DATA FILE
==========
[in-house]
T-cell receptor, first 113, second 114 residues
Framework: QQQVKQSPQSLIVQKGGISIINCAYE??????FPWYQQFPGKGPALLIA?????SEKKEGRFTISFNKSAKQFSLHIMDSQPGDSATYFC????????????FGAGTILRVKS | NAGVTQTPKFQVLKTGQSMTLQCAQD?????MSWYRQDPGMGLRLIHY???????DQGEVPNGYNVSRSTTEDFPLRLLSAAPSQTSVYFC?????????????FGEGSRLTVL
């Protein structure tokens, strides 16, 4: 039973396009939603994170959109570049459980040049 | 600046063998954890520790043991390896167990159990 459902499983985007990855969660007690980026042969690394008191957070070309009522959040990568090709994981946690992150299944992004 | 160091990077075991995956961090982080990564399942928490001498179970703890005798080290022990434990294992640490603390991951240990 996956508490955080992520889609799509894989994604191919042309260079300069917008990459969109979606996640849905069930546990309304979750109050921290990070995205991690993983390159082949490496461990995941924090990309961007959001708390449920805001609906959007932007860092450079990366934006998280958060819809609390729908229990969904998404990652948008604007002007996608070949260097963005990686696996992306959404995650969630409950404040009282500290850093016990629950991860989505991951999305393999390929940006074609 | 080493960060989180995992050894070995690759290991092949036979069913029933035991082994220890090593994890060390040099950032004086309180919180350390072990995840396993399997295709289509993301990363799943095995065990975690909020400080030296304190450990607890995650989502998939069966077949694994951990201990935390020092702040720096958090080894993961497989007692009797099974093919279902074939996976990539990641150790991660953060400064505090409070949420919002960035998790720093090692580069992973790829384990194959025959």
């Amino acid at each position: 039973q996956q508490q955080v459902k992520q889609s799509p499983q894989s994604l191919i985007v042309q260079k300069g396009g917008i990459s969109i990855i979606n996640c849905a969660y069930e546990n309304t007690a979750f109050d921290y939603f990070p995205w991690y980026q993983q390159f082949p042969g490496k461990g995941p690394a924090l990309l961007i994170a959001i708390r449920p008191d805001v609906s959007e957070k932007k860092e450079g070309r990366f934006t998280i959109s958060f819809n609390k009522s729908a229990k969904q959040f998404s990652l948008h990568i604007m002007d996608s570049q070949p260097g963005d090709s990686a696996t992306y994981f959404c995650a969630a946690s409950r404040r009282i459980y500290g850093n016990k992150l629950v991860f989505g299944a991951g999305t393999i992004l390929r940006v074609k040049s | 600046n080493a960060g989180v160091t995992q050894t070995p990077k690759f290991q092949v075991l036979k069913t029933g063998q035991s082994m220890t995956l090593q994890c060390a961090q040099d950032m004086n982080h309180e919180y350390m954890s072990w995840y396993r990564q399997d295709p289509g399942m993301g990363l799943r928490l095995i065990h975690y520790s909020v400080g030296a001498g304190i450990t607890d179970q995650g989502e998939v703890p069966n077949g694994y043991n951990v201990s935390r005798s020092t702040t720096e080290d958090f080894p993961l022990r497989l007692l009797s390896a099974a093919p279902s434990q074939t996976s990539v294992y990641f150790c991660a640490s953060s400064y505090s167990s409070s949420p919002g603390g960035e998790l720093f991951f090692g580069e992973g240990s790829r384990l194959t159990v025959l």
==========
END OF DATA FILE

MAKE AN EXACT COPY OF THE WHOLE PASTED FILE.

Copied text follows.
[in-house]
T-cell receptor, first 113, second 114 residues
Framework: QQQVKQSPQSLIVQKGGISIINCAYE??????FPWYQQFPGKGPALLIA?????SEKKEGRFTISFNKSAKQFSLHIMDSQPGDSATYFC????????????FGAGTILRVKS | NAGVTQTPKFQVLKTGQSMTLQCAQD?????MSWYRQDPGMGLRLIHY???????DQGEVPNGYNVSRSTTEDFPLRLLSAAPSQTSVYFC?????????????FGEGSRLTVL
């Protein structure tokens, strides 16, 4: 039973396009939603994170959109570049459980040049 | 600046063998954890520790043991390896167990159990 459902499983985007990855969660007690980026042969690394008191957070070309009522959040990568090709994981946690992150299944992004 | 160091990077075991995956961090982080990564399942928490001498179970703890005798080290022990434990294992640490603390991951240990 996956508490955080992520889609799509894989994604191919042309260079300069917008990459969109979606996640849905069930546990309304979750109050921290990070995205991690993983390159082949490496461990995941924090990309961007959001708390449920805001609906959007932007860092450079990366934006998280958060819809609390729908229990969904998404990652948008604007002007996608070949260097963005990686696996992306959404995650969630409950404040009282500290850093016990629950991860989505991951999305393999390929940006074609 | 080493960060989180995992050894070995690759290991092949036979069913029933035991082994220890090593994890060390040099950032004086309180919180350390072990995840396993399997295709289509993301990363799943095995065990975690909020400080030296304190450990607890995650989502998939069966077949694994951990201990935390020092702040720096958090080894993961497989007692009797099974093919279902074939996976990539990641150790991660953060400064505090409070949420919002960035998790720093090692580069992973790829384990194959025959």
């Amino acid at each position: 039973q996956q508490q955080v459902k992520q889609s799509p499983q894989s994604l191919i985007v042309q260079k300069g396009g917008i990459s969109i990855i979606n996640c849905a969660y069930e546990n309304t007690a979750f109050d921290y939603f990070p995205w991690y980026q993983q390159f082949p042969g490496k461990g995941p690394a924090l990309l961007i994170a959001i708390r449920p008191d805001v609906s959007e957070k932007k860092e450079g070309r990366f934006t998280i959109s958060f819809n609390k009522s729908a229990k969904q959040f998404s990652l948008h990568i604007m002007d996608s570049q070949p260097g963005d090709s990686a696996t992306y994981f959404c995650a969630a946690s409950r404040r009282i459980y500290g850093n016990k992150l629950v991860f989505g299944a991951g999305t393999i992004l390929r940006v074609k040049s | 600046n080493a960060g989180v160091t995992q050894t070995p990077k690759f290991q092949v075991l036979k069913t029933g063998q035991s082994m220890t995956l090593q994890c060390a961090q040099d950032m004086n982080h309180e919180y350390m954890s072990w995840y396993r990564q399997d295709p289509g399942m993301g990363l799943r928490l095995i065990h975690y520790s909020v400080g030296a001498g304190i450990t607890d179970q995650g989502e998939v703890p069966n077949g694994y043991n951990v201990s935390r005798s020092t702040t720096e080290d958090f080894p993961l022990r497989l007692l009797s390896a099974a093919p279902s434990q074939t996976s990539v294992y990641f150790c991660a640490s953060s400064y505090s167990s409070s949420p919002g603390g960035e998790l720093f991951f090692g580069e992973g240990s790829r384990l194959t159990v025959l």